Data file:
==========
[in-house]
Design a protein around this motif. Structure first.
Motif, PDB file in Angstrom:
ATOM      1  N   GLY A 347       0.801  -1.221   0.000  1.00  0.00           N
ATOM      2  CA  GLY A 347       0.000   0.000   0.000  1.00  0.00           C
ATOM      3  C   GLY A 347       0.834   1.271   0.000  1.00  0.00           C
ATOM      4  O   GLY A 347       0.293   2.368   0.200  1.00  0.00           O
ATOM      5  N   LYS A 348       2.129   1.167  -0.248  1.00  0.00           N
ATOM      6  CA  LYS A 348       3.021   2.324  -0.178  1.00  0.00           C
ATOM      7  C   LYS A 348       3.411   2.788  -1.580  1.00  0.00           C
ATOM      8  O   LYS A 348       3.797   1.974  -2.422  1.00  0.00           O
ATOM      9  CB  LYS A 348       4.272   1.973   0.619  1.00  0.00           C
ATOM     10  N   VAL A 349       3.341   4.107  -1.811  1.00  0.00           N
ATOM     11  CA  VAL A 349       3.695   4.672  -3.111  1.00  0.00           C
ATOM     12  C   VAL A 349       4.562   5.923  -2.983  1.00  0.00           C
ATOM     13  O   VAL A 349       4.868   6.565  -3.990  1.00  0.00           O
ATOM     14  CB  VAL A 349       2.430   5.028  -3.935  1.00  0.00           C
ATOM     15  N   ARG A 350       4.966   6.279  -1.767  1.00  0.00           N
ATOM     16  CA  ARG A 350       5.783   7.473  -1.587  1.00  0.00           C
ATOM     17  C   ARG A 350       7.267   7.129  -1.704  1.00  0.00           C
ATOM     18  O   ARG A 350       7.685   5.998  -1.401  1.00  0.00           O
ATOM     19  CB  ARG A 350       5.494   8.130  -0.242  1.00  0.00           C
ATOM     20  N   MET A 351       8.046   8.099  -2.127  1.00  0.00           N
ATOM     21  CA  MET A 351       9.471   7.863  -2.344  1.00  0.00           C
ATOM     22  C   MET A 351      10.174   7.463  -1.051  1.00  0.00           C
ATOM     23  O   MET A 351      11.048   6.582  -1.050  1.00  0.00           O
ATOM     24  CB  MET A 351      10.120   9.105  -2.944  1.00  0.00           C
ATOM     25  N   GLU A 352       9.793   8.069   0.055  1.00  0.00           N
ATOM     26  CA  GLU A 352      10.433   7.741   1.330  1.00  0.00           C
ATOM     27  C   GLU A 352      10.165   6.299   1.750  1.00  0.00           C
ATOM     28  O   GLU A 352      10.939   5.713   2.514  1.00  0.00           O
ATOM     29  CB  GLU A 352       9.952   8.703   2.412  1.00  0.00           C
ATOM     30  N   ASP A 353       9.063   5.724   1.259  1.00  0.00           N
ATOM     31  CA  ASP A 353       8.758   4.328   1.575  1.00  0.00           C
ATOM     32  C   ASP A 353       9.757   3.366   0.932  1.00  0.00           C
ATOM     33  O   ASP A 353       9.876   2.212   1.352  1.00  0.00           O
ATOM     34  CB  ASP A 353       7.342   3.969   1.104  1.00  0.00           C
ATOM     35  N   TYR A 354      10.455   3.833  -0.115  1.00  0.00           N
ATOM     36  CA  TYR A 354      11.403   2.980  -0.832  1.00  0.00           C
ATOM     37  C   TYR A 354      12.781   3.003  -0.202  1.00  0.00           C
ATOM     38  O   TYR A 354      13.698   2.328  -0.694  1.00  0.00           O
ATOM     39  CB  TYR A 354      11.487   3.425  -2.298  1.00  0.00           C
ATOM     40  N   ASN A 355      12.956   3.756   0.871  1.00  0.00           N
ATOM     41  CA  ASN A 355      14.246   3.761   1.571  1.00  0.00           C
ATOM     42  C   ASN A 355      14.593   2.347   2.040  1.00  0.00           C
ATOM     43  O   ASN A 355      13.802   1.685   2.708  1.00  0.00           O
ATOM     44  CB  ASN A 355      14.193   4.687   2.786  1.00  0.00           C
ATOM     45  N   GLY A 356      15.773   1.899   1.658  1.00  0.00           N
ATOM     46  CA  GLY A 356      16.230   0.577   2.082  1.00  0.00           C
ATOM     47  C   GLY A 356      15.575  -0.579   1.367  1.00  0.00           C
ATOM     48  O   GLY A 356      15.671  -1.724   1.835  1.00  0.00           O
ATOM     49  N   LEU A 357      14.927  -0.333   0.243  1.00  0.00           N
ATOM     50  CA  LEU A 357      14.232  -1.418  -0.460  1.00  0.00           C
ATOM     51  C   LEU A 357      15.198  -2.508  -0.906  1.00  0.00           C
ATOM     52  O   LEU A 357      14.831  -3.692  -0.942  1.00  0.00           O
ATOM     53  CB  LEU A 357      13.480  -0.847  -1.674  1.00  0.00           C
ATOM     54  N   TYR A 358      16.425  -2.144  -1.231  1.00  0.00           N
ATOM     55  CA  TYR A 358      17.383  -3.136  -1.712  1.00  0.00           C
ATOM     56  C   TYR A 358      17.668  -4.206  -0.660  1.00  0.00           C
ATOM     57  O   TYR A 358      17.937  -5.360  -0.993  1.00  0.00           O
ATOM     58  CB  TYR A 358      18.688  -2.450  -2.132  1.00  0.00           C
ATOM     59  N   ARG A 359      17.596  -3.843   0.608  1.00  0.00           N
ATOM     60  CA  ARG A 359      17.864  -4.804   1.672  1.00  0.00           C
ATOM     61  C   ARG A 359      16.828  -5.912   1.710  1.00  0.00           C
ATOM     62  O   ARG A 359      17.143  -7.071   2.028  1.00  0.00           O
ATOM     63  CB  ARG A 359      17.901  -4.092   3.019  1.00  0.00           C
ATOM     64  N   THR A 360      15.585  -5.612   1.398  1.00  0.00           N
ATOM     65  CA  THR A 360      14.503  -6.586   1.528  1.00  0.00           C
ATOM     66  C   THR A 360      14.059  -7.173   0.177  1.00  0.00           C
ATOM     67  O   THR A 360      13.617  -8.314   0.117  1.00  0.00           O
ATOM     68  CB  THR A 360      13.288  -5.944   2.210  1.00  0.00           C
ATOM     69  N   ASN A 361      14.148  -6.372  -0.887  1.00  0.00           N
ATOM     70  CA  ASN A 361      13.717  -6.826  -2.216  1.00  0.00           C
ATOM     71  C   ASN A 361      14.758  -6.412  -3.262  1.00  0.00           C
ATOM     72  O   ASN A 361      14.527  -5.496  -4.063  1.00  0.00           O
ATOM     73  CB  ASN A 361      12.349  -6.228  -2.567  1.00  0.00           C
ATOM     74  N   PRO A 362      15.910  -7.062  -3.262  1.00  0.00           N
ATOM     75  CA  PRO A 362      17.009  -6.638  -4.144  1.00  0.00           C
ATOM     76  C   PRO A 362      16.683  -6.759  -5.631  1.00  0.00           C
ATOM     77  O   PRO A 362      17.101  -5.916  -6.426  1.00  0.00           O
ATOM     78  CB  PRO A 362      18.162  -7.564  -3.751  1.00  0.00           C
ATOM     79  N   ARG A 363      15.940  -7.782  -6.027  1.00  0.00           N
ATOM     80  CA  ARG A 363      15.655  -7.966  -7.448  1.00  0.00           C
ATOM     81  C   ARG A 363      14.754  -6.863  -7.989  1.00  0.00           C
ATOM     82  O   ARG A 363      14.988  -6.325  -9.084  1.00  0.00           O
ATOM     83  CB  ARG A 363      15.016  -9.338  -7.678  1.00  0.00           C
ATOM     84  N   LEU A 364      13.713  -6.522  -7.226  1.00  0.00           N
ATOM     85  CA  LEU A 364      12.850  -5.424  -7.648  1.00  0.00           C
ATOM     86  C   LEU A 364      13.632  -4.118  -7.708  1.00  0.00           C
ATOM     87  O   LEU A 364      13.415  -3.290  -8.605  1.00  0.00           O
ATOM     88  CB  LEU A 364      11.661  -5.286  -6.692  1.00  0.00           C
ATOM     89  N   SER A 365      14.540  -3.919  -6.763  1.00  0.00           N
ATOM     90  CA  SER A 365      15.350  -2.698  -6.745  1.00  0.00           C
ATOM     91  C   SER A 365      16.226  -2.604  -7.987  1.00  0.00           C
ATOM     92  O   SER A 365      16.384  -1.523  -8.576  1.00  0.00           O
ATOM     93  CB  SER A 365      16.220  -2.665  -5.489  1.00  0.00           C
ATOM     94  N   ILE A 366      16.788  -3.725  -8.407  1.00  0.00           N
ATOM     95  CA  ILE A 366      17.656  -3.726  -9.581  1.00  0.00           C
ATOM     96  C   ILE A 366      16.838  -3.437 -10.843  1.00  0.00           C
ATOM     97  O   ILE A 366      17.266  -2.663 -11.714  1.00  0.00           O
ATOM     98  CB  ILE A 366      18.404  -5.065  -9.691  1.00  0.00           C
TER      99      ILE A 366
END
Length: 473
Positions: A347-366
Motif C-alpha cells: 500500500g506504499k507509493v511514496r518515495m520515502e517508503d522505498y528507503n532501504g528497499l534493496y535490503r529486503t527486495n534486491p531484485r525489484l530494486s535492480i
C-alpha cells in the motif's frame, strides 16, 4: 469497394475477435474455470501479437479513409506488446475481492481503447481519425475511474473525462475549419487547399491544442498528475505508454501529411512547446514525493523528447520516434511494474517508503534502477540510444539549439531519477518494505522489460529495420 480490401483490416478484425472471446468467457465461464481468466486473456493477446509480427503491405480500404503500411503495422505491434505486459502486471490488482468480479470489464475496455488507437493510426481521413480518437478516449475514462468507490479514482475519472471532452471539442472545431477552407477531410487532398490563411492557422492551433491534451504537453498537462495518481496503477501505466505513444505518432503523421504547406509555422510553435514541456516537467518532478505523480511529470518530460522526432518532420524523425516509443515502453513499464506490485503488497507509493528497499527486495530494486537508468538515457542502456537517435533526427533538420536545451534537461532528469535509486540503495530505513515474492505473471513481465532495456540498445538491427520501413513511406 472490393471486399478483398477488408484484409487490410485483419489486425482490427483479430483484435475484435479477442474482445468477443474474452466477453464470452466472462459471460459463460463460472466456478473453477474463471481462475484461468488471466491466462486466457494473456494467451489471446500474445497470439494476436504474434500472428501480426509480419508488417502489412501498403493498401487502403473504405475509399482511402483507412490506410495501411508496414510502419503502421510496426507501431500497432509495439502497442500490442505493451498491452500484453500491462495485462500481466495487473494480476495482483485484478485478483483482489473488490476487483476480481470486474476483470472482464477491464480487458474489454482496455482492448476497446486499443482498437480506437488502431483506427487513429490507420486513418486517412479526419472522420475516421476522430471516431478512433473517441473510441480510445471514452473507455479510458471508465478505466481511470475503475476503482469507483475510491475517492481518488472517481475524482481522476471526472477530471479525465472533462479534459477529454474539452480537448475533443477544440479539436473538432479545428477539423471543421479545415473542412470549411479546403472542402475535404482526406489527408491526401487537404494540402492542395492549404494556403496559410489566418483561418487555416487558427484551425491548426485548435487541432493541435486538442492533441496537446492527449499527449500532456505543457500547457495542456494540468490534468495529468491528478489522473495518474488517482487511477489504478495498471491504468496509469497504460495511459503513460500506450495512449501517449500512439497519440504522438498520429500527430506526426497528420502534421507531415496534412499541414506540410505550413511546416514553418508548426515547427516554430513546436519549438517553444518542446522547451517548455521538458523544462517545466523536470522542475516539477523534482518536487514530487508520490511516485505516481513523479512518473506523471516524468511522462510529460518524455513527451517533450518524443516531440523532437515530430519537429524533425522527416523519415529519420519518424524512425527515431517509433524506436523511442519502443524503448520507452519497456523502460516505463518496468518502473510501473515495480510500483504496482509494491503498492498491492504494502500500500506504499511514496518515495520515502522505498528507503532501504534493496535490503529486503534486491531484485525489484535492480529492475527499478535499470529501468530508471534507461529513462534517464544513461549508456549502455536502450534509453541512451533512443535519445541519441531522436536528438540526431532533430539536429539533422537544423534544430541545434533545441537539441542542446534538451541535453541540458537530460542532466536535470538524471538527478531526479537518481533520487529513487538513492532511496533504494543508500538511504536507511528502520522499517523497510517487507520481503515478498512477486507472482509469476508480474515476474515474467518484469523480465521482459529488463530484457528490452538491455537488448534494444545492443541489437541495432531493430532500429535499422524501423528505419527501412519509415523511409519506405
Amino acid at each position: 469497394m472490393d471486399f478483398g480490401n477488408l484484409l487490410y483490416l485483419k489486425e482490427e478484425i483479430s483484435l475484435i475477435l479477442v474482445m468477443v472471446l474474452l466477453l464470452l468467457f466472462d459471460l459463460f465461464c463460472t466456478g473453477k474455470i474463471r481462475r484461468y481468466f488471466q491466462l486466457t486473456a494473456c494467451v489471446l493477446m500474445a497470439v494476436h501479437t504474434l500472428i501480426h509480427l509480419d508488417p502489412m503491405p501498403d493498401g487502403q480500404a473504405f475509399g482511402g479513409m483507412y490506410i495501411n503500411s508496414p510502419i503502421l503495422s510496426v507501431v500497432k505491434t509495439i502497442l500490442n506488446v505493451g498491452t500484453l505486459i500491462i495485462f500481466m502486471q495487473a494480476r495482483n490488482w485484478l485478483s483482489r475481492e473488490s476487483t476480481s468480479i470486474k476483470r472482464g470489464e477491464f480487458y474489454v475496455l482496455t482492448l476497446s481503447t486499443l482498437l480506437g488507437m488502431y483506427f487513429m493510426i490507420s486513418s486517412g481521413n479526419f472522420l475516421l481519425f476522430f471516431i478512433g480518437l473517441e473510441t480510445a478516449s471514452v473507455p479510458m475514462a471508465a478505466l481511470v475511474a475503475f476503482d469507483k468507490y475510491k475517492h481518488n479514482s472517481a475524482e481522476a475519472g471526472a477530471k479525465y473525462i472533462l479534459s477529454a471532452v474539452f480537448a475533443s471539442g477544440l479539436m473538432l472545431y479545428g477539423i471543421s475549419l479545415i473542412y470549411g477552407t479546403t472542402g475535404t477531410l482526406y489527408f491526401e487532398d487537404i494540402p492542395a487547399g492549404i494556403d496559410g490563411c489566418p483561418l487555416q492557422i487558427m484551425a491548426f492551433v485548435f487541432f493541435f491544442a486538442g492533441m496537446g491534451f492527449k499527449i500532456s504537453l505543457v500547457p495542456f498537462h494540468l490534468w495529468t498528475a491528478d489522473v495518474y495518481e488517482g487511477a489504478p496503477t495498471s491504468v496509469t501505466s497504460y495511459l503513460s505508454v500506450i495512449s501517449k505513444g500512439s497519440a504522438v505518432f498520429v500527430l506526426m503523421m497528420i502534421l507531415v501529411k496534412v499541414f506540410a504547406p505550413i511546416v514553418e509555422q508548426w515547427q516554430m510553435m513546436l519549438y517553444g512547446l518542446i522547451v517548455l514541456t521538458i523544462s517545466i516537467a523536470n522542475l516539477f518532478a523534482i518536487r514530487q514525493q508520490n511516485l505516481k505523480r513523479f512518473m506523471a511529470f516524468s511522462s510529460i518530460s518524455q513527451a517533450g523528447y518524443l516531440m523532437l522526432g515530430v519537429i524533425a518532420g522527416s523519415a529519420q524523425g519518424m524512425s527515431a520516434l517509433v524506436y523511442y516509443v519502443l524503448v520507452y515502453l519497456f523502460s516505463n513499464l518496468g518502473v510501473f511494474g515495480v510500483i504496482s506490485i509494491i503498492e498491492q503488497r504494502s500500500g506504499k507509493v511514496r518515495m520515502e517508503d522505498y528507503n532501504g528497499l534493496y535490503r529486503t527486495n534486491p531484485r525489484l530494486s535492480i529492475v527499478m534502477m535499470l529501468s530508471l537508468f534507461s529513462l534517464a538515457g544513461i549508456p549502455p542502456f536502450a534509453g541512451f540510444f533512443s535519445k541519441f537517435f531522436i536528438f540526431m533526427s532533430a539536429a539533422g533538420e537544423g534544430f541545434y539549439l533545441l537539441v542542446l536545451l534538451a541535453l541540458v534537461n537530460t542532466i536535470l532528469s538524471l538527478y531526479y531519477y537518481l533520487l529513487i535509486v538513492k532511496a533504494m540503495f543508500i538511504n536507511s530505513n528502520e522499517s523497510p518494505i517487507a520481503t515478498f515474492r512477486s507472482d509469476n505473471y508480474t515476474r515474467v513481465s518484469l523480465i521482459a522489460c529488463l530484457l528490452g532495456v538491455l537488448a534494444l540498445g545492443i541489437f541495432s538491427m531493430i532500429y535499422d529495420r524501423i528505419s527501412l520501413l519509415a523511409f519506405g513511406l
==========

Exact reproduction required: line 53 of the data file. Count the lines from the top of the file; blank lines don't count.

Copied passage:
ATOM     50  CA  LEU A 357      14.232  -1.418  -0.460  1.00  0.00           C